Saturday, 21 January 2012

Thursday, 19 January 2012


We moan and groan and frankly b*%ch alot about the state of our country-Uganda, but as we approach our 50th birthday stop to reflect and think, our national emblem (the Crested Crane) has a mohawk, cool huh!! Sure beats having a bald headed eagle, Ug 1: US 0.

Says a friend on facebook.

Tuesday, 17 January 2012

The Dangers of Forgetting in Uganda

The following article, written by Andrew Green, was originally posted on the ThinkAfrica Press website on 14th November 2011 (link to original story). I am reproducing it here, with full permission, as the first of a number of interesting articles from other sources related to my promotion of Uganda's Jubilee this year.

October 9 may have been Independence Day in Uganda, but it could have been any other sleepy Sunday in Kampala. Disappointment from the previous night’s football match against Kenya – a 0-0 draw that denied Uganda a spot in the Africa Cup of Nations – dulled any impulse for celebration. There were rumours of a ceremony at the Kololo Airstrip, where British colonial administrators had handed power to Milton Obote 49 years previously, but the grassy field stayed empty even after the morning drizzle finally cleared.

The lack of pageantry was apace with the scepticism and dismissiveness that marks Uganda’s approach to historical discussion and celebration. It is a country where the national archives cannot accept new material because it does not have the space and because the government tried to tear down the national museum to turn it into offices last year.

Uganda has the world’s second youngest population, but the lessons of its past are being lost to its children, leaving no national identity to overcome commonly held ethnic stereotypes. The USdecision this week to join an ongoing conflict in northern Uganda highlights a division some scholars believe a more complete teaching of history could help resolve.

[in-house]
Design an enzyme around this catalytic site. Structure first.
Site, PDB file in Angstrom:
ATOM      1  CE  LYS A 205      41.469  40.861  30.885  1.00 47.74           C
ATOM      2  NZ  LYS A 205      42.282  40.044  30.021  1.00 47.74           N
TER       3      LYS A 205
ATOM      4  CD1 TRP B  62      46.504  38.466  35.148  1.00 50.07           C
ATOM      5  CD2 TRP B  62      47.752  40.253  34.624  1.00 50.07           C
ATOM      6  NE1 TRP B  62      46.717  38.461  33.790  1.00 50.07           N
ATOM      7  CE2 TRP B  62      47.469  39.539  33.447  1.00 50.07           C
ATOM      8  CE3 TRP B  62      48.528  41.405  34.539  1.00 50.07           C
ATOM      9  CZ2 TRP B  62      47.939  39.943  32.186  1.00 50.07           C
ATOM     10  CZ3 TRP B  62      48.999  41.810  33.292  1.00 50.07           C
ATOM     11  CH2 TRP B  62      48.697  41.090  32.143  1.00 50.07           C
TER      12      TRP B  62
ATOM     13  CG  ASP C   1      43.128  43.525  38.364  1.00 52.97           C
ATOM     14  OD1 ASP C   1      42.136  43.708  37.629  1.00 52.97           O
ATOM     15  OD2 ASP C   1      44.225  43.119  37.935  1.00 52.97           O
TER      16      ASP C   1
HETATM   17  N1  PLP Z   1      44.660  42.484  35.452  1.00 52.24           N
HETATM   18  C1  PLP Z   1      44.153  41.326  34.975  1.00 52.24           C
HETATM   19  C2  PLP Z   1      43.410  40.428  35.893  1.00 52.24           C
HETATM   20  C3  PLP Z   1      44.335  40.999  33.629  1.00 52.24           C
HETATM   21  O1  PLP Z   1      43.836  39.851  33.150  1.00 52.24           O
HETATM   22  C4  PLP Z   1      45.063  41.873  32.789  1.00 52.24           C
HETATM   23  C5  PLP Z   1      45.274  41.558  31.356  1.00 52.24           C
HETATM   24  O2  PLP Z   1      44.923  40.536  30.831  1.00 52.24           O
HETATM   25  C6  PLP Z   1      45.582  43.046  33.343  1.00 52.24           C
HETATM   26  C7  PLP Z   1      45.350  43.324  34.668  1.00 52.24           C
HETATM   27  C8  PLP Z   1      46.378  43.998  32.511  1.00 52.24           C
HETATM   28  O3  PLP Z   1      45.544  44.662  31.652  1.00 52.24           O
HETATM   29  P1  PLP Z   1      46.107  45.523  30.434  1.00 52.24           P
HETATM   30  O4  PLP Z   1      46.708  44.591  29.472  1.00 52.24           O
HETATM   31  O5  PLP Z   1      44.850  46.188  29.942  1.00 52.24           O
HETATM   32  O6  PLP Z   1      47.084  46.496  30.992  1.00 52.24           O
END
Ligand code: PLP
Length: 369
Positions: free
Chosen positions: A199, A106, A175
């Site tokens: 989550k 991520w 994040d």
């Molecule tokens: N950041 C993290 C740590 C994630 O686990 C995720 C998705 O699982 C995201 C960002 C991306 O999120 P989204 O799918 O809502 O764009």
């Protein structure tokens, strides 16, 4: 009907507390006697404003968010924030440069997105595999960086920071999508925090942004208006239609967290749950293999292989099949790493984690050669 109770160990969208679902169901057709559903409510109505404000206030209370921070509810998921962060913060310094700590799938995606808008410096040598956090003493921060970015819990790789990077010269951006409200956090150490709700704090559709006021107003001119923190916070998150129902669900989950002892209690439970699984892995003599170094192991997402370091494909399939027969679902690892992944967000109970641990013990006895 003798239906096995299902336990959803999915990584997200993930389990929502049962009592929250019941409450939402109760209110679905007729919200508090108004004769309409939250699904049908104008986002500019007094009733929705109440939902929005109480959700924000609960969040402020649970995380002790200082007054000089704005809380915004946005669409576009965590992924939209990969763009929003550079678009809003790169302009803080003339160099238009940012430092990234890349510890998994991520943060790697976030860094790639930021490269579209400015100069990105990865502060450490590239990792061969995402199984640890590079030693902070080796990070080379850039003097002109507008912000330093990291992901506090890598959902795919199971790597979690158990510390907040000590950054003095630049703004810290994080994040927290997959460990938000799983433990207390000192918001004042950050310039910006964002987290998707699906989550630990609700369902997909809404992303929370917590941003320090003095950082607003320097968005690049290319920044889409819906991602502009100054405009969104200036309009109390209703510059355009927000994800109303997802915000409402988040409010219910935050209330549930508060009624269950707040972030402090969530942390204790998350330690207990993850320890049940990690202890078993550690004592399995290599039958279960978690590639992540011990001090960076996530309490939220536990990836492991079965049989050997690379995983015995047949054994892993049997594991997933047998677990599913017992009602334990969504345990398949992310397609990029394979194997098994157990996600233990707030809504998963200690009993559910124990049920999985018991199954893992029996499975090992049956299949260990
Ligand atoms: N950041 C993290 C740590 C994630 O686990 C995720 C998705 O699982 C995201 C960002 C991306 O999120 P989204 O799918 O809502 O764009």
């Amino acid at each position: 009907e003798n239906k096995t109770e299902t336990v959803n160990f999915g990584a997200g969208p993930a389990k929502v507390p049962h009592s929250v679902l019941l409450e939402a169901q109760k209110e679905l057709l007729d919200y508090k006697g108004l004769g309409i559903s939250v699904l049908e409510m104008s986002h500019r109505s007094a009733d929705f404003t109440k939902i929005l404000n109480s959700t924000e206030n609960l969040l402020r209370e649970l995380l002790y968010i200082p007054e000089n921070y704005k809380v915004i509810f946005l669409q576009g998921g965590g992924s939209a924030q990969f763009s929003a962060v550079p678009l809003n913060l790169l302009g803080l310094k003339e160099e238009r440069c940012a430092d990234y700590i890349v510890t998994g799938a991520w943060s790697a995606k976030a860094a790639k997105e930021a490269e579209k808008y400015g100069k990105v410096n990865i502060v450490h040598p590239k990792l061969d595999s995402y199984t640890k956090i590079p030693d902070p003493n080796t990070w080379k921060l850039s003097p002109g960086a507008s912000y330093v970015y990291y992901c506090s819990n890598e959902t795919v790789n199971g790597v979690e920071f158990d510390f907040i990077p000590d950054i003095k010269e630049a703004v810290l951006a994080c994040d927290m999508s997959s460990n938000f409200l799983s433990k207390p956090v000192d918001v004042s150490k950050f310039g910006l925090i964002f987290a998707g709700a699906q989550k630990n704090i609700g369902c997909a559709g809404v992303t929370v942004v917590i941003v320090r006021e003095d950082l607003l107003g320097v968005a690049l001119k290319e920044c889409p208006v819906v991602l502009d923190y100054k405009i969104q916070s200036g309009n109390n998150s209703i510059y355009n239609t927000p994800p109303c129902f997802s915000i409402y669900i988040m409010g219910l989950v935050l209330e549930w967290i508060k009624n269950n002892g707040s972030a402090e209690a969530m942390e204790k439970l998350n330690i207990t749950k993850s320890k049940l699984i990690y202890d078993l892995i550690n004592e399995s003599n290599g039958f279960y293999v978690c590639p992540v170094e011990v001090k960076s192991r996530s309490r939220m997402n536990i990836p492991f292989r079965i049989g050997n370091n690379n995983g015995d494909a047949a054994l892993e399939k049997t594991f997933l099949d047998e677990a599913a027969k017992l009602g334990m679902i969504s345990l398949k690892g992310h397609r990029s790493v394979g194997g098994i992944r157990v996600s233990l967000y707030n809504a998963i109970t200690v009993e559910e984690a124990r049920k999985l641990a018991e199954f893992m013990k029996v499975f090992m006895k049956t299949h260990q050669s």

How soon is now?

Ugandans have “made a lot of mistakes in the past and we still make mistakes,” explains Edwin Paratra, who works at the Uganda Museum. “I look at the children we groom and they’re docile … many are just passing through the time.

"It’s important to make them be critical, but how can they criticize when they don’t really know [about the past]?”

Paratra joined the museum in 2007, part of a wave of new hires ahead of that year’s Commonwealth Heads of Government Meeting in Kampala. He was a student at Makerere University then, and he clearly still delights in getting the opportunity to work at the museum. As he walked through its halls, he stopped to point out a temporary exhibition on transportation he helped set up.

For the last five years, part of his job has been giving tours to the busloads of students who show up each school day.

“It’s good that the young ones know where they come from,” he says, with a hall of displays on traditional Ugandan customs as his backdrop. But their interests are limited to the things they are taught in school, he continues. So they marvel over the country’s first car and its first typewriter – both legacies of the colonial era – but they rarely ask why there is no mention of the country’s post-independence leaders anywhere in the museum. History textbooks in this country end where the post-colonial era begins.

Reading, writing and remembering

“Anyone who comes in power doesn’t want the others’ history to be put anywhere,” Paratra explains. Not in textbooks, not in memorials, and not in the national museum. According to Mwambutsya Ndebesa, a senior history lecturer at Makerere, the decline in historical preservation is partly an attempt by the country’s leadership to control the national narrative.